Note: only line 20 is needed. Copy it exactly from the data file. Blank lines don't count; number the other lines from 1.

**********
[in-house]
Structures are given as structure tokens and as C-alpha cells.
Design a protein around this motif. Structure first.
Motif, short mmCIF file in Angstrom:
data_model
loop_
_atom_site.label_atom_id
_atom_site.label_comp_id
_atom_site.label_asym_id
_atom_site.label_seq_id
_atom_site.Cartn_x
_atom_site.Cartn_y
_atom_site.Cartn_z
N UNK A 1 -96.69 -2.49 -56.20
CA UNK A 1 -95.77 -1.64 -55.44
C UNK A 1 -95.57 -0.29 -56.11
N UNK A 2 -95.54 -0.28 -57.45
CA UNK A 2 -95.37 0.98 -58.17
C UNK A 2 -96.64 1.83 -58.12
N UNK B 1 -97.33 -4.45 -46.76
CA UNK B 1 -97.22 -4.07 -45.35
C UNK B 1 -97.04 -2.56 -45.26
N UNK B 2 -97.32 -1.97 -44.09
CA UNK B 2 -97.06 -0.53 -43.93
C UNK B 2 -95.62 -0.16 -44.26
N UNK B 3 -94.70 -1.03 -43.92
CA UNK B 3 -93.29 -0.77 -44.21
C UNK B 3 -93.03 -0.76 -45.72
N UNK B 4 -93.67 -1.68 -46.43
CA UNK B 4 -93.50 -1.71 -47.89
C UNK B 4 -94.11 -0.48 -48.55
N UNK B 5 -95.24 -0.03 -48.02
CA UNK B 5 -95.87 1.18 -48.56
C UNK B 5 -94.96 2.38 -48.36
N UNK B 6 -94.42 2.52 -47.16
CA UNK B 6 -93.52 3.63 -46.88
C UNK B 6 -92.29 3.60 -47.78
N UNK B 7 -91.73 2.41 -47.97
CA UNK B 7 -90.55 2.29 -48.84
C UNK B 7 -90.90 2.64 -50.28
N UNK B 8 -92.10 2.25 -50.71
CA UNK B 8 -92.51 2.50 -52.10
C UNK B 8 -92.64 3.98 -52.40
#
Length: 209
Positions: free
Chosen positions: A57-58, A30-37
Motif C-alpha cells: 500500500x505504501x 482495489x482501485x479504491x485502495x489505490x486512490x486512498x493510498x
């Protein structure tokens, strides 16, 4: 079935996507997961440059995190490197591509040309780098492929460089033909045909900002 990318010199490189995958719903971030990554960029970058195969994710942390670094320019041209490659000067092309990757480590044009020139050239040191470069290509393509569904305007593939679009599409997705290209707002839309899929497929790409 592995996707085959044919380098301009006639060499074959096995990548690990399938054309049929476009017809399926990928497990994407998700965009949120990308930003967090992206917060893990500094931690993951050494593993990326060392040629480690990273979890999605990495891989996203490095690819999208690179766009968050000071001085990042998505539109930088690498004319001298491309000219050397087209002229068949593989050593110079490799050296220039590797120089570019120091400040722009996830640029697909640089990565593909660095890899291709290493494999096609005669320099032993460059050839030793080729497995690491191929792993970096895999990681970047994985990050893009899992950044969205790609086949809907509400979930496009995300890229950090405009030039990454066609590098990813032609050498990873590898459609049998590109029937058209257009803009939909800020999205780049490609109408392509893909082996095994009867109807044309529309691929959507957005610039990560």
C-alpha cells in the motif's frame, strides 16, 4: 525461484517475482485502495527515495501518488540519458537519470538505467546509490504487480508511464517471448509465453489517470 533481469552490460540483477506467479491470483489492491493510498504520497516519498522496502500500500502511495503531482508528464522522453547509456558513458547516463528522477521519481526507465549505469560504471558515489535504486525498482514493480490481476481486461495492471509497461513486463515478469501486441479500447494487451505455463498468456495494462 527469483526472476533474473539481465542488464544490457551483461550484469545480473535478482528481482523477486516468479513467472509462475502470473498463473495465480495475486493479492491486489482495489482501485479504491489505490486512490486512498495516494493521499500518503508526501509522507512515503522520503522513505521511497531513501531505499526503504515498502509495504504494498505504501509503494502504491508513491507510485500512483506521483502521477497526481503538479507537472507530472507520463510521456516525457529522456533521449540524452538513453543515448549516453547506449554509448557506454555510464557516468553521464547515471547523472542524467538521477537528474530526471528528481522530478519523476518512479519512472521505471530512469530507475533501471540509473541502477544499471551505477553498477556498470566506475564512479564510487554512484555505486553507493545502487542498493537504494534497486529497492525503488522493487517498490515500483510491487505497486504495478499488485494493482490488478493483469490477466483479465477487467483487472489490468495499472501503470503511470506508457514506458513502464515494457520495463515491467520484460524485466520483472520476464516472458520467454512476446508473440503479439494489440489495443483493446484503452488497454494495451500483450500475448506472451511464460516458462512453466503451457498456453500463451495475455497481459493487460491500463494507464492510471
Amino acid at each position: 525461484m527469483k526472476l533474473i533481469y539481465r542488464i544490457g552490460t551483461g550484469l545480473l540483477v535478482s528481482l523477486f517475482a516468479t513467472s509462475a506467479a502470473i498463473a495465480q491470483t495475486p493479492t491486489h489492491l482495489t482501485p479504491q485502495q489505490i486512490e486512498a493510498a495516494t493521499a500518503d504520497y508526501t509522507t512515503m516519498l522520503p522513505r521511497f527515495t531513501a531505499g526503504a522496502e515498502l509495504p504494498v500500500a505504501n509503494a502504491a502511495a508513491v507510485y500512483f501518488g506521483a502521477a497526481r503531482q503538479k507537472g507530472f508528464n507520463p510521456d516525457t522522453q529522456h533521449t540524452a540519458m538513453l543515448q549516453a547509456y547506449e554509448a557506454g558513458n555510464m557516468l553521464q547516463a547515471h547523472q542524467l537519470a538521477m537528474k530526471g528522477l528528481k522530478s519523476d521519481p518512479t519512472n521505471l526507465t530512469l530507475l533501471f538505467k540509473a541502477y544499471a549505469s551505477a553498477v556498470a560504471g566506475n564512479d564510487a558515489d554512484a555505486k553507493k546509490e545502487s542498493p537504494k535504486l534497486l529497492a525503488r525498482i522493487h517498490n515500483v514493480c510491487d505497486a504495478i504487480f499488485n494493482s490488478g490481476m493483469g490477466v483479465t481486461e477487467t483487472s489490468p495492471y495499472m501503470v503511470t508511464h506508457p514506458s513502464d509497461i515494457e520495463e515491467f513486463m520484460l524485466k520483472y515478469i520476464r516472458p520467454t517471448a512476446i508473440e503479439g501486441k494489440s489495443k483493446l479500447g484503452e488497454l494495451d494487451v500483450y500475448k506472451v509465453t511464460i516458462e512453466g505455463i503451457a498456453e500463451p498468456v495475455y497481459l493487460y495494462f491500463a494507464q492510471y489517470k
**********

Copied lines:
N UNK B 1 -97.33 -4.45 -46.76